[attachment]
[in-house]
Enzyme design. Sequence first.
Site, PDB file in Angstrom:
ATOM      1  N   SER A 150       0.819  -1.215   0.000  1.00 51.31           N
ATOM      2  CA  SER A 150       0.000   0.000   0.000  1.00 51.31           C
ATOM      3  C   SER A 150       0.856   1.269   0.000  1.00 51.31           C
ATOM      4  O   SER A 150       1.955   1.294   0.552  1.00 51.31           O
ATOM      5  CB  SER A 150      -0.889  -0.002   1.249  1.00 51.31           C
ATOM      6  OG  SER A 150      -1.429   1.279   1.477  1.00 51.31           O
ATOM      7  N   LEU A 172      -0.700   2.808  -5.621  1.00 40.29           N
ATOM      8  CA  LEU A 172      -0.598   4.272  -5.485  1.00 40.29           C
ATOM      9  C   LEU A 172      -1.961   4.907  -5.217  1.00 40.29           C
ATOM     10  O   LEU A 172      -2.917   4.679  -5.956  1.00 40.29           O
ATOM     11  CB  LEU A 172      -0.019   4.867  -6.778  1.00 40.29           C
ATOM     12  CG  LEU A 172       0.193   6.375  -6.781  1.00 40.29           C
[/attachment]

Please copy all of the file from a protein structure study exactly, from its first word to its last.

[in-house]
Enzyme design. Sequence first.
Site, PDB file in Angstrom:
ATOM      1  N   SER A 150       0.819  -1.215   0.000  1.00 51.31           N
ATOM      2  CA  SER A 150       0.000   0.000   0.000  1.00 51.31           C
ATOM      3  C   SER A 150       0.856   1.269   0.000  1.00 51.31           C
ATOM      4  O   SER A 150       1.955   1.294   0.552  1.00 51.31           O
ATOM      5  CB  SER A 150      -0.889  -0.002   1.249  1.00 51.31           C
ATOM      6  OG  SER A 150      -1.429   1.279   1.477  1.00 51.31           O
ATOM      7  N   LEU A 172      -0.700   2.808  -5.621  1.00 40.29           N
ATOM      8  CA  LEU A 172      -0.598   4.272  -5.485  1.00 40.29           C
ATOM      9  C   LEU A 172      -1.961   4.907  -5.217  1.00 40.29           C
ATOM     10  O   LEU A 172      -2.917   4.679  -5.956  1.00 40.29           O
ATOM     11  CB  LEU A 172      -0.019   4.867  -6.778  1.00 40.29           C
ATOM     12  CG  LEU A 172       0.193   6.375  -6.781  1.00 40.29           C